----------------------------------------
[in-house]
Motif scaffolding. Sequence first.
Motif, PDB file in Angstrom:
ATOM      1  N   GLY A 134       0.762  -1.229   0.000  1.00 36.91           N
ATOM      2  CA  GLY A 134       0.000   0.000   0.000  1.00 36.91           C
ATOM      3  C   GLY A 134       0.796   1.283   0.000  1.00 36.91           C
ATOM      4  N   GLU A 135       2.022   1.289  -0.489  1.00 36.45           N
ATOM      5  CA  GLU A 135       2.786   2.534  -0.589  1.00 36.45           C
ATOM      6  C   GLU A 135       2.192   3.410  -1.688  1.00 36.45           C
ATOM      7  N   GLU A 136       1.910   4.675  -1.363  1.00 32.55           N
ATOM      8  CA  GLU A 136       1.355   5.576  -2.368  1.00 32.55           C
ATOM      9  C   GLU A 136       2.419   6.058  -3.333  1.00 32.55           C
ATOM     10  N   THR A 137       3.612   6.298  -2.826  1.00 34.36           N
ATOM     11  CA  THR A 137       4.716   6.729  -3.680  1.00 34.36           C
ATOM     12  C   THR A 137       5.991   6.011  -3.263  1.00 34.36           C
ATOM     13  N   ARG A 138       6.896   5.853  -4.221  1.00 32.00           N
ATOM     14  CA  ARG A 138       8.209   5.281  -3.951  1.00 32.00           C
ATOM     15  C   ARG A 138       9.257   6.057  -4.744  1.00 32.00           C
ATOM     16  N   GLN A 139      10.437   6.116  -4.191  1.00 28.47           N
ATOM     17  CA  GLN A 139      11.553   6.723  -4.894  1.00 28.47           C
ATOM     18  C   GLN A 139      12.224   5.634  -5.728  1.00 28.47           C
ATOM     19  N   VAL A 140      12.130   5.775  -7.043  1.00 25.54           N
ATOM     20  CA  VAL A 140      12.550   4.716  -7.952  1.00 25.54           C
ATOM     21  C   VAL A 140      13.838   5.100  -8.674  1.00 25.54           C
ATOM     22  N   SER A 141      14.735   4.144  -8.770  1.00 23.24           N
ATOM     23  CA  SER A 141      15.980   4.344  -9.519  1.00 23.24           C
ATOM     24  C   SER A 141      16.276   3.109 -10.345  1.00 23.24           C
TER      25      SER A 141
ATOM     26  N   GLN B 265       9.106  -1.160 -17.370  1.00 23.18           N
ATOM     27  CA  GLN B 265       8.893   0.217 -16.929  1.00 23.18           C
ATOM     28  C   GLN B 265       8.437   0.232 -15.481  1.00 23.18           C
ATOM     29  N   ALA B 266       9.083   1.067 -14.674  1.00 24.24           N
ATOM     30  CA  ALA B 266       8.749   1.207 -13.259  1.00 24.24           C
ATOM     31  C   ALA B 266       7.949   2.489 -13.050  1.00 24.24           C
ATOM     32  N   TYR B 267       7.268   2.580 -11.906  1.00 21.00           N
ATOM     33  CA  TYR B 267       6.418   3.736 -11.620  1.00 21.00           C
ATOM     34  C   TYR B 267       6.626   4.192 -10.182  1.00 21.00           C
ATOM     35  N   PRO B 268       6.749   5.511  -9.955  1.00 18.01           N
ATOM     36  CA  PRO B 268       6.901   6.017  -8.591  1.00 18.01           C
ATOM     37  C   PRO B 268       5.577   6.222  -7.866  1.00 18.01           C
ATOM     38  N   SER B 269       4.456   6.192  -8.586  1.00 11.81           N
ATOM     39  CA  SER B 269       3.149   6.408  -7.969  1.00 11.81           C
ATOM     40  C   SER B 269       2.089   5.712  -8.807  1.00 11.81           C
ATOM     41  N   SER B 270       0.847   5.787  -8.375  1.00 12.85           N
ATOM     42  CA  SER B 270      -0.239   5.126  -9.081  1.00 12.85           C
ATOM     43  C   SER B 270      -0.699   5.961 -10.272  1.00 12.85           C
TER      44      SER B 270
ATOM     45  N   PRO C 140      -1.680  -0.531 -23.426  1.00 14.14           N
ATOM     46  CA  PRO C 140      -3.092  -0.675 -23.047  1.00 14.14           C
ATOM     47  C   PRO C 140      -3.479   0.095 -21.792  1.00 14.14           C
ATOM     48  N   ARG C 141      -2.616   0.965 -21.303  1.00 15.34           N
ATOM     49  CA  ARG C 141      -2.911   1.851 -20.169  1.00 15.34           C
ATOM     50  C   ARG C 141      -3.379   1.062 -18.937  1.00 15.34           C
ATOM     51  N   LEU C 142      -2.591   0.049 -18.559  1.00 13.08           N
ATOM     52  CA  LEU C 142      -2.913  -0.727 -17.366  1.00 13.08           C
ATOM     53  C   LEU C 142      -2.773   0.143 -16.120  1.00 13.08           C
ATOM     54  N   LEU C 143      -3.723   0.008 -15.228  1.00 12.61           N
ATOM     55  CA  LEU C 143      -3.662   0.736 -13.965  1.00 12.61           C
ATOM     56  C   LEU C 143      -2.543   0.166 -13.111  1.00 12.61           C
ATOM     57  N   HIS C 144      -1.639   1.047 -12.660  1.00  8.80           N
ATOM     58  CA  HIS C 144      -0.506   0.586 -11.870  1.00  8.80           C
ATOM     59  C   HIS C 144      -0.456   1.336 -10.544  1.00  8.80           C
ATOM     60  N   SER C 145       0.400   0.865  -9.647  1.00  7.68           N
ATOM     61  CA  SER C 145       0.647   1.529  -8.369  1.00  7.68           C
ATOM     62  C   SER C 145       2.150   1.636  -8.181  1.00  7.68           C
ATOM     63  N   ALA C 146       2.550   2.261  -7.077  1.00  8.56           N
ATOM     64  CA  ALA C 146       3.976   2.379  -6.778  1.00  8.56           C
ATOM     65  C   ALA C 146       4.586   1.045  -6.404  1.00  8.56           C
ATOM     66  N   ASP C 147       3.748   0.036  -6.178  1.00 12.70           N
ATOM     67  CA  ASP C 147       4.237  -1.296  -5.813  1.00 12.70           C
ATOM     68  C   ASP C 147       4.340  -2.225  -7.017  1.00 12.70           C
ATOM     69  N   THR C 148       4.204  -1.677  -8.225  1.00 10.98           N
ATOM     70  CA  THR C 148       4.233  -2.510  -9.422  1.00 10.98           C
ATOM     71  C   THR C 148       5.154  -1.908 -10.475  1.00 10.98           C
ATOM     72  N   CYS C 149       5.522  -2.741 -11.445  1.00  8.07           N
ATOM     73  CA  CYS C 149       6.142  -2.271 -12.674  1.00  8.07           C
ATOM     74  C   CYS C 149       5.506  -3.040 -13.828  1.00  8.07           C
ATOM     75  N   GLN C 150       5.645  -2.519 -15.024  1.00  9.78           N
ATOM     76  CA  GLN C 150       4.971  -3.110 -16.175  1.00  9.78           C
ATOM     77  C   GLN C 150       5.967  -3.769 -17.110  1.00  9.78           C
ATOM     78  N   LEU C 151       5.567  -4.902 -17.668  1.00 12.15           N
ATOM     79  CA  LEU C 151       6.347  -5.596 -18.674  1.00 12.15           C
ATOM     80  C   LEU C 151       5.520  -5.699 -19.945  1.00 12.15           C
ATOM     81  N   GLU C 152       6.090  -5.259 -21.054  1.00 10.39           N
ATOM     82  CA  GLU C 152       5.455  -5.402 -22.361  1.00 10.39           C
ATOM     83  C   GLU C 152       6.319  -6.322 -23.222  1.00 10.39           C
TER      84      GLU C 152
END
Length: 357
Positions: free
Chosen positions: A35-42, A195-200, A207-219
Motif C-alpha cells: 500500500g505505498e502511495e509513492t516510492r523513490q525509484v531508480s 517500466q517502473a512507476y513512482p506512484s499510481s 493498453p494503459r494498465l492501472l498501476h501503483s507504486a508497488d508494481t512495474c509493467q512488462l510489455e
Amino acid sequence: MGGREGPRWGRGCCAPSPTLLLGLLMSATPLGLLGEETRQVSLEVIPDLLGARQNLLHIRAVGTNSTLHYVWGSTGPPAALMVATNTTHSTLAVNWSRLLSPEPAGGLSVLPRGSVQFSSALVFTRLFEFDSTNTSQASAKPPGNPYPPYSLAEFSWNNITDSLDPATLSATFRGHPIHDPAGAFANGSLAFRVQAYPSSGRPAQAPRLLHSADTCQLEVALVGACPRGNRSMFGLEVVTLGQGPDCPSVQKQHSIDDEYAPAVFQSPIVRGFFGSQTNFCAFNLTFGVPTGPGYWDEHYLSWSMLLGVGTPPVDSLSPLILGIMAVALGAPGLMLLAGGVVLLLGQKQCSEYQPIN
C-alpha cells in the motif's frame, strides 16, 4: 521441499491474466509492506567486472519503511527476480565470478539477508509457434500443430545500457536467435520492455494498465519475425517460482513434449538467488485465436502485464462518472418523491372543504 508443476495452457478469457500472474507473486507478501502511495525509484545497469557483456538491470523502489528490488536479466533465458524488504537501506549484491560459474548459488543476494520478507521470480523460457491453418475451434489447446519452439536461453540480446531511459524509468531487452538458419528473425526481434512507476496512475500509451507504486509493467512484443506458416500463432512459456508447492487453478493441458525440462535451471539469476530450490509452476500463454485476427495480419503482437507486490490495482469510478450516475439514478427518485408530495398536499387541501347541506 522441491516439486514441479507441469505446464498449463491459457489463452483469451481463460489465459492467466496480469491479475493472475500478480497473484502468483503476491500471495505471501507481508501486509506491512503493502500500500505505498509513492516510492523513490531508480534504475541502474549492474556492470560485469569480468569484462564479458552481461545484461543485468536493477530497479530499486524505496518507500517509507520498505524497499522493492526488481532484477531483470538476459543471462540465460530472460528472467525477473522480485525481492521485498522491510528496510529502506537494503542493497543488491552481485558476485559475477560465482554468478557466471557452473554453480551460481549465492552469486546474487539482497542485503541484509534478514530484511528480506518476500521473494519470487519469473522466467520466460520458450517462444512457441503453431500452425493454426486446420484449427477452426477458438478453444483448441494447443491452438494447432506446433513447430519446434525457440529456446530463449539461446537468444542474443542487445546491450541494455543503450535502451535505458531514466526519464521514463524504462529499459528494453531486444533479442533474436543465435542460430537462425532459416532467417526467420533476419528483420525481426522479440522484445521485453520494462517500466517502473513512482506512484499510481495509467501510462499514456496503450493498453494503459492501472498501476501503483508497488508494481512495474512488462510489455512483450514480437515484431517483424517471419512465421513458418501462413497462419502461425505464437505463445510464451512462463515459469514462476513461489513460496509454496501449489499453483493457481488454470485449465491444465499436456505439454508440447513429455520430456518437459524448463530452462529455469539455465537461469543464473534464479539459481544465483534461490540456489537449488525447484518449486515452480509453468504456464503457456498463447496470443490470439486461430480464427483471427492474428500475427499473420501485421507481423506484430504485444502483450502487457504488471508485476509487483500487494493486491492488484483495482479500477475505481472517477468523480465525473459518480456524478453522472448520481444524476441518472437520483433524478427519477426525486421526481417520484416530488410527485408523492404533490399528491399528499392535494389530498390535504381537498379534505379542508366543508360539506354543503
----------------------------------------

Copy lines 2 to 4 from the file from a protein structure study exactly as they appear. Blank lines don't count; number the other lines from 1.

Motif scaffolding. Sequence first.
Motif, PDB file in Angstrom:
ATOM      1  N   GLY A 134       0.762  -1.229   0.000  1.00 36.91           N